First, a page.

Sling Media Slingbox Solo Video
Sling Media Slingbox Solo Video Transcript
[ Music ] ^M00:00:08
>> Watch your living room TV or DVR in any room of the house, or anywhere else in the world where you can access the Internet. I'm John Falcone from CNET.com, and we're taking an in-depth look at the Slingbox SOLO, the device that can stream your home TV anywhere. The box itself is basically just a black brick with inputs and outputs. Once you set it up, it's sits between your cable or satellite box and your TV and digitizes all of your programming so it's available remotely over the Internet. Setup is as easy and straightforward as we've seen for a network device. Just plug into your home network, run the setup wizard on a windows or Mac computer, and you're ready to go. Once the Slingbox SOLO is up and running, it allows you to access your home TV as if you were sitting in the same room, even if you're in another room of the house or halfway around the world. The on-screen remote lets you change the channels and view the on-screen program guide and if the Slingbox is connected to a DVR, you have full access to all of your recorded programs as well. The latest version of the Windows SlingPlayer software also includes it's own on-screen program guide in a 60 minute buffer so you can pause and rewind live TV programming even if you don't have a DVR. When watching over the Internet, you'll usually get YouTube level quality -- not ideal, but very watchable. If you're watching within a home network, using a laptop in the bedroom to access the living room TV, for instance, video can approach DVD quality and generally looks excellent. The other cool thing about the Slingbox is that the PC isn't your only viewing option. SlingPlayer software is also available for most 3G compatible Windows Mobile, Palm, and Symbian smartphones for a small, one-time fee. A BlackBerry version of the software is due soon as well. Sling also offers the SlingCatcher, a device that lets you watch Slingbox content on other TVs as well. As for drawbacks and caveats, there are a few. The Slingbox has no Wi-Fi, so you need to provide a wired Ethernet connection. We'd recommend a powerline adaptor if you don't have a nearby wired connection. Also, the Slingbox SOLO is a single tuner device. In other words, if you access the Slingbox remotely and someone else is already watching your TV, you'll both be forced to watch the same thing. And only one viewer can access the Slingbox at a time. So don't expect to share a baseball game with a bunch of your closest friends in different parts of the world. Those issues not withstanding, we still think the Slingbox is the best way to place shift your TV viewing. It's a great gift for TV lovers who are always on the road or would like to access their living room DVR in other rooms of the house. I'm John Falcone for CNET, and this is the Slingbox SOLO. ^M00:02:56 [ Music ]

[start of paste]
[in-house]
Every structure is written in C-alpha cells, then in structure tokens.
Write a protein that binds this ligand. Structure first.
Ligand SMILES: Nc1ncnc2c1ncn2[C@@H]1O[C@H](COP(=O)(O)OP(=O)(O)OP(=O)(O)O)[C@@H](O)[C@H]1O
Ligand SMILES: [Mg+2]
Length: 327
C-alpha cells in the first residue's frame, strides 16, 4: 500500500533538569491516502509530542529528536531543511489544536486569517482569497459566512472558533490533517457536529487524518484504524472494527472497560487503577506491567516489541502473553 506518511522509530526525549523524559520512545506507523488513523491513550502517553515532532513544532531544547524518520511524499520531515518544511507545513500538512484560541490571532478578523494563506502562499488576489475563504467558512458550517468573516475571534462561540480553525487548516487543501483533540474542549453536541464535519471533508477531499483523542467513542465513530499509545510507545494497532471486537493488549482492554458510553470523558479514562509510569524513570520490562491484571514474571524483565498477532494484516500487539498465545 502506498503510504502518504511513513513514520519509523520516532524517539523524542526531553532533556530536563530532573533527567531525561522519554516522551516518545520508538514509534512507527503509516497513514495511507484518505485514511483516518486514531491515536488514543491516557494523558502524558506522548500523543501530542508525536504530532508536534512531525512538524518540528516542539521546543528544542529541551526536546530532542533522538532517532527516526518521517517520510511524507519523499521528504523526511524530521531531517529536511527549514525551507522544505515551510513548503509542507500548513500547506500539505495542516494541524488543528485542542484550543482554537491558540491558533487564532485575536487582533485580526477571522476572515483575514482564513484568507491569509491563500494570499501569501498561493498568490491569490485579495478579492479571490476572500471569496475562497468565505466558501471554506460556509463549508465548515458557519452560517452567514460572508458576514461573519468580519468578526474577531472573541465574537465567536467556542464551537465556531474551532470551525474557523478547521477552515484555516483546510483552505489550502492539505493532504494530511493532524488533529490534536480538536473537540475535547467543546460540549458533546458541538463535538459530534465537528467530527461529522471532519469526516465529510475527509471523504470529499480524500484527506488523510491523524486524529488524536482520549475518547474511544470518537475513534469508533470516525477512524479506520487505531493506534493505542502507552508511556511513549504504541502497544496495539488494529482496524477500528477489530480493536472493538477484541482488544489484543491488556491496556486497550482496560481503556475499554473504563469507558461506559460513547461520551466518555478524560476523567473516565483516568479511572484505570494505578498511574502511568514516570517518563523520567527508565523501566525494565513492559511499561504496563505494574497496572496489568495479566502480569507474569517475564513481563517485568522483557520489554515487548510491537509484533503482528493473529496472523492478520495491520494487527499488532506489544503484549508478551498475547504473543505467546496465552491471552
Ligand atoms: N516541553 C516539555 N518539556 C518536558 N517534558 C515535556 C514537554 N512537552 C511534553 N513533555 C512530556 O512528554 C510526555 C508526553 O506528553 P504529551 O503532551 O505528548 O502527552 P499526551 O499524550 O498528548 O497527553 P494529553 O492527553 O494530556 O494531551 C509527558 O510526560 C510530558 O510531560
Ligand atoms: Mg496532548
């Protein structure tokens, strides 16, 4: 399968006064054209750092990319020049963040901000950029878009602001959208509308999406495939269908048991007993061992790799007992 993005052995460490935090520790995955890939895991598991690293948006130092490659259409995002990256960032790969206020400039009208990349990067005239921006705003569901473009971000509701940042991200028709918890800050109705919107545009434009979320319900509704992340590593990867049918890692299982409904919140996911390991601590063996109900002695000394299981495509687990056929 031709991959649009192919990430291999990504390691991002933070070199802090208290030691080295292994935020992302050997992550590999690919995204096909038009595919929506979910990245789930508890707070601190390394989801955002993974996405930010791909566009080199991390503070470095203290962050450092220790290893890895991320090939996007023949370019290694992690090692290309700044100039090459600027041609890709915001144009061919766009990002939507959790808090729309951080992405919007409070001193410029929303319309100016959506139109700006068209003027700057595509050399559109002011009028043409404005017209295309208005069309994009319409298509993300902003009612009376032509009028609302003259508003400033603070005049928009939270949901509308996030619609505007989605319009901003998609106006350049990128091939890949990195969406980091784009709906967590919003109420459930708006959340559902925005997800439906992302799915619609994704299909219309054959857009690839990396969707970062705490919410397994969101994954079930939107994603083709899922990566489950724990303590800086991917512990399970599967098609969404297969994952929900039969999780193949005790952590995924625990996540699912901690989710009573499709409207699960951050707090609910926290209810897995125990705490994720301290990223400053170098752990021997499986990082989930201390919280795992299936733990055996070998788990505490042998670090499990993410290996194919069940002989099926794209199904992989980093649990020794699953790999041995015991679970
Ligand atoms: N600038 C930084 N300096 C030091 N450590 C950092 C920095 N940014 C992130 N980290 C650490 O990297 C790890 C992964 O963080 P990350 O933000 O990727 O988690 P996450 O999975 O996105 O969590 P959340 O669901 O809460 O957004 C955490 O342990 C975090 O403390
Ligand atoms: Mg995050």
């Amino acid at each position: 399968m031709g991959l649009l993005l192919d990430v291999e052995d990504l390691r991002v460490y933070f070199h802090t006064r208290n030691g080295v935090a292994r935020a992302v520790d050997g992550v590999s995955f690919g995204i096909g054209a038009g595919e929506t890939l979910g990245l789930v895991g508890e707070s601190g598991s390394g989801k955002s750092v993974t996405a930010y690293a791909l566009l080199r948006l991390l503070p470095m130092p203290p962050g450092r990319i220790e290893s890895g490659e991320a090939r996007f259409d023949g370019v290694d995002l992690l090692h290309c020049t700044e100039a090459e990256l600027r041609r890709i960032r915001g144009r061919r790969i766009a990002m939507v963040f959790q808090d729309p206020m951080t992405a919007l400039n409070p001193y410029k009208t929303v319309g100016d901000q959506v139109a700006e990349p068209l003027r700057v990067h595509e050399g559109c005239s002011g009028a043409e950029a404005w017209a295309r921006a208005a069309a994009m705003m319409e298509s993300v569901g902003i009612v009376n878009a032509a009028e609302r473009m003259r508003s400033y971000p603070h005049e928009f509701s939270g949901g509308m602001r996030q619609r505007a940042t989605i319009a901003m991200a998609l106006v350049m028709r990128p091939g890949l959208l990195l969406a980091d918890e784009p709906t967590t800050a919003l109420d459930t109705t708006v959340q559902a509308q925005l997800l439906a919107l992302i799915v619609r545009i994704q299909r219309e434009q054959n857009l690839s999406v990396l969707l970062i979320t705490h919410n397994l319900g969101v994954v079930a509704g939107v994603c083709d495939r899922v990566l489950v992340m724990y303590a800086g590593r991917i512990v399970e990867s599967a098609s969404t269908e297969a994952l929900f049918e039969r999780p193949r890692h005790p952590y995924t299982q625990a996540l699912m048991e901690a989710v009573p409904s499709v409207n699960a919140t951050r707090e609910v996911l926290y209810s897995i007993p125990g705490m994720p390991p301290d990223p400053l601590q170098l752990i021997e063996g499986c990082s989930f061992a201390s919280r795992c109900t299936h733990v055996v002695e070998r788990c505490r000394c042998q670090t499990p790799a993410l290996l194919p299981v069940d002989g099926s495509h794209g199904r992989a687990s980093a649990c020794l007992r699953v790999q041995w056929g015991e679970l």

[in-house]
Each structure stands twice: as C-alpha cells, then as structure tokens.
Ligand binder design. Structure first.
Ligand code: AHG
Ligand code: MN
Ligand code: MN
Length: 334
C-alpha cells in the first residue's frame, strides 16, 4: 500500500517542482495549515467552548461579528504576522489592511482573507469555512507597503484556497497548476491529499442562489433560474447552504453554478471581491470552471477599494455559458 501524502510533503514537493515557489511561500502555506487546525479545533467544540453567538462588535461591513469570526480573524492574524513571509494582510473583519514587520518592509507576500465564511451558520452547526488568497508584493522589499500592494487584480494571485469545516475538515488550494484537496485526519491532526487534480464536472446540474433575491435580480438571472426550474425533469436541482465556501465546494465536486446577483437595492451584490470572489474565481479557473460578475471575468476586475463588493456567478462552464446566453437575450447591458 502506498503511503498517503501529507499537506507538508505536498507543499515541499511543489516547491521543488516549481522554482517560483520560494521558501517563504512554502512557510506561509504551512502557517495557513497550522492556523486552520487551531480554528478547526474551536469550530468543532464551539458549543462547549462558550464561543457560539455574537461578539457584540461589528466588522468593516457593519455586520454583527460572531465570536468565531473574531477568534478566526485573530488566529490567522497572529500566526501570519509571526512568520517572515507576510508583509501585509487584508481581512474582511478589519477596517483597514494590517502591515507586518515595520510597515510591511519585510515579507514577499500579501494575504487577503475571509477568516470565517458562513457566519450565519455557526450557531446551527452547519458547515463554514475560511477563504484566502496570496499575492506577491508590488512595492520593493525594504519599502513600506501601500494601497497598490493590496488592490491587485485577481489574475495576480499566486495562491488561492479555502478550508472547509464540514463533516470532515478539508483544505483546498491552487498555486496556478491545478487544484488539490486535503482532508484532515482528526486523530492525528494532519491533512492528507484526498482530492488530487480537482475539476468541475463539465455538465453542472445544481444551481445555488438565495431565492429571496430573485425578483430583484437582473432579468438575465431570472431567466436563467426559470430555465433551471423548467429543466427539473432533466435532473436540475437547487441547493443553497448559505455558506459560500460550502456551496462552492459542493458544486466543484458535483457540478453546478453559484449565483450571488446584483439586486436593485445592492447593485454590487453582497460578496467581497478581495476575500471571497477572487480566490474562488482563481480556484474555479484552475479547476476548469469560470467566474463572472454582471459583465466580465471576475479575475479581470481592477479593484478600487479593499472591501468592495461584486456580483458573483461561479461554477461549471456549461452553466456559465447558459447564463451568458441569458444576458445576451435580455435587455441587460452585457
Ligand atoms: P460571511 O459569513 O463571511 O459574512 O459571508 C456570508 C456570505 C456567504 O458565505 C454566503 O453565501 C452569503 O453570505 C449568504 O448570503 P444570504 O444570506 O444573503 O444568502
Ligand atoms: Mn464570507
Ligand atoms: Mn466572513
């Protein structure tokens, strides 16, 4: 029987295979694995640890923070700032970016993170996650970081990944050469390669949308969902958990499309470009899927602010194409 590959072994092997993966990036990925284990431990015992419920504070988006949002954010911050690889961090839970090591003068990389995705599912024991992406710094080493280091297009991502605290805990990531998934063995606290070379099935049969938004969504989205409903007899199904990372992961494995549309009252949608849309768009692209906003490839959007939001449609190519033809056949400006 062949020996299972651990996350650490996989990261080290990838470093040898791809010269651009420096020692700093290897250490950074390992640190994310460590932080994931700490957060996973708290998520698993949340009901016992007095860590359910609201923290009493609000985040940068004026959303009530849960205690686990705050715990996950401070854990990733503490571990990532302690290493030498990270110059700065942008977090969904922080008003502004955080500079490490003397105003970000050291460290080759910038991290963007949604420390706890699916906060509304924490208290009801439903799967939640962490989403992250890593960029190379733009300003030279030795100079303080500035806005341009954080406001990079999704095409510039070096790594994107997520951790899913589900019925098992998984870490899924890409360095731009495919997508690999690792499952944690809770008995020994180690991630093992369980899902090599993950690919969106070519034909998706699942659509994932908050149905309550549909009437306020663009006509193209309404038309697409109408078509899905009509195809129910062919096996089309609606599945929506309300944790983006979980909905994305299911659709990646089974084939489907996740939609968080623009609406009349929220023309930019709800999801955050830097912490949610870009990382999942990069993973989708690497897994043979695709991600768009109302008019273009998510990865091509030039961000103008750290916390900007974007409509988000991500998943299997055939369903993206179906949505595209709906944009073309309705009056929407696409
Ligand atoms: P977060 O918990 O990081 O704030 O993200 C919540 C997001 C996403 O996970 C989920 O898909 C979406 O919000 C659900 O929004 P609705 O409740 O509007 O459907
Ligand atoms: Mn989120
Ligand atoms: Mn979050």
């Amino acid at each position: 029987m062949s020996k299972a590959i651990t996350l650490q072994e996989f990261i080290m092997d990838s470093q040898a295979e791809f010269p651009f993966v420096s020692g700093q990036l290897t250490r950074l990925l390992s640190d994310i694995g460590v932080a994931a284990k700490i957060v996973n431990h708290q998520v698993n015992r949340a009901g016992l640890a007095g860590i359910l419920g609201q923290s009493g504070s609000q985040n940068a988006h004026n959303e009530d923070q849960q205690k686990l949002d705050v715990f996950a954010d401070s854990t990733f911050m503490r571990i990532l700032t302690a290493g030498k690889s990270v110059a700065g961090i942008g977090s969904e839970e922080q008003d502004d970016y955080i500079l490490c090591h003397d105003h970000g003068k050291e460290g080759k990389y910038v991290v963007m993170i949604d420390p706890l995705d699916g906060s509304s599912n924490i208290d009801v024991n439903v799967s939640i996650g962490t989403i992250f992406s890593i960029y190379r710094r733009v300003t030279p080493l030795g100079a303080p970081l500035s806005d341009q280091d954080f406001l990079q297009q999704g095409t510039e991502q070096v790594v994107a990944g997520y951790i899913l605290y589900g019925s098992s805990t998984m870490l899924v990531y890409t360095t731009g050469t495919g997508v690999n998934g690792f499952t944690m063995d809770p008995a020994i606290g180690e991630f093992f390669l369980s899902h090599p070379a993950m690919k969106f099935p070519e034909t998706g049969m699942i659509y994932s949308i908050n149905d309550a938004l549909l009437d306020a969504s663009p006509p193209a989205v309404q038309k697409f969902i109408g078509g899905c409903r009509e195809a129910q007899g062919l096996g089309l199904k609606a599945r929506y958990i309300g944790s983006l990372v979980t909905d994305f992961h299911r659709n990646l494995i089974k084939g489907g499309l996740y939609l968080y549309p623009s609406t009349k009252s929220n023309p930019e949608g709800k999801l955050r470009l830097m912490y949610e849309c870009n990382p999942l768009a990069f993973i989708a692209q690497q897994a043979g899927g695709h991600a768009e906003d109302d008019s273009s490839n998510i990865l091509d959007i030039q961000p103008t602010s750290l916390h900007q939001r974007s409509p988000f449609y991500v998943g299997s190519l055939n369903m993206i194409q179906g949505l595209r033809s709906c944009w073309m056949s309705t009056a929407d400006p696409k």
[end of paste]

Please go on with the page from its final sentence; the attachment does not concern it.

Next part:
The Slingbox A/V is the best way to stream your home TV programming to an increasingly wide variety of broadband-connected computers and smartphones.
The Slingbox A/V is the best way to stream your home TV programming to an increasingly wide variety of broadband-connected computers and smart phones.
Like its predecessors, the Slingbox Solo offers an ideal method for streaming home TV programming to your computer or cell phone.
The latest Slingbox models offer full HD streaming of your home TV services to a wide variety of devices. The Slingbox 500 adds Wi-Fi, HDMI, and additional media tricks as well.
If you can't live without your favorite shows, the Editors' Choice winning Sling Media Slingbox is the best way to beam them to any broadband-connected PC or Windows Mobile device in the world. CNET's John Falcone shows you the box.\r\n
If you can't live without your favorite shows, the Editors' Choice-winning Sling Media Slingbox is the best way to beam them to any broadband-connected PC or Windows Mobile device in the world.
If you can't live without your favorite shows, the Slingbox will beam them to any broadband-connected PC in the world.
At CES 2007 in Las Vegas, ZDNet Executive Editor David Berlind speaks to Sling Media public relations manager, Brian Jacquet about the company's new Slingcatcher product. Using a wireless connection and an existing Slingbox, the new box allows users to watch their home television content from any television anywhere.
Get a first look at the second-generation Sling Media devices, including the Slingbox Pro, the Slingbox Tuner, and the Slingbox A/V.
For decades, watching television meant being a couch potato. But with the Slingbox digital storage device, you get into Lost anywhere you please. Sling Media CEO Blake Krikorian talks about the benefits of Slingbox and how it compares to television and iTunes. Video provided by Churchill Club.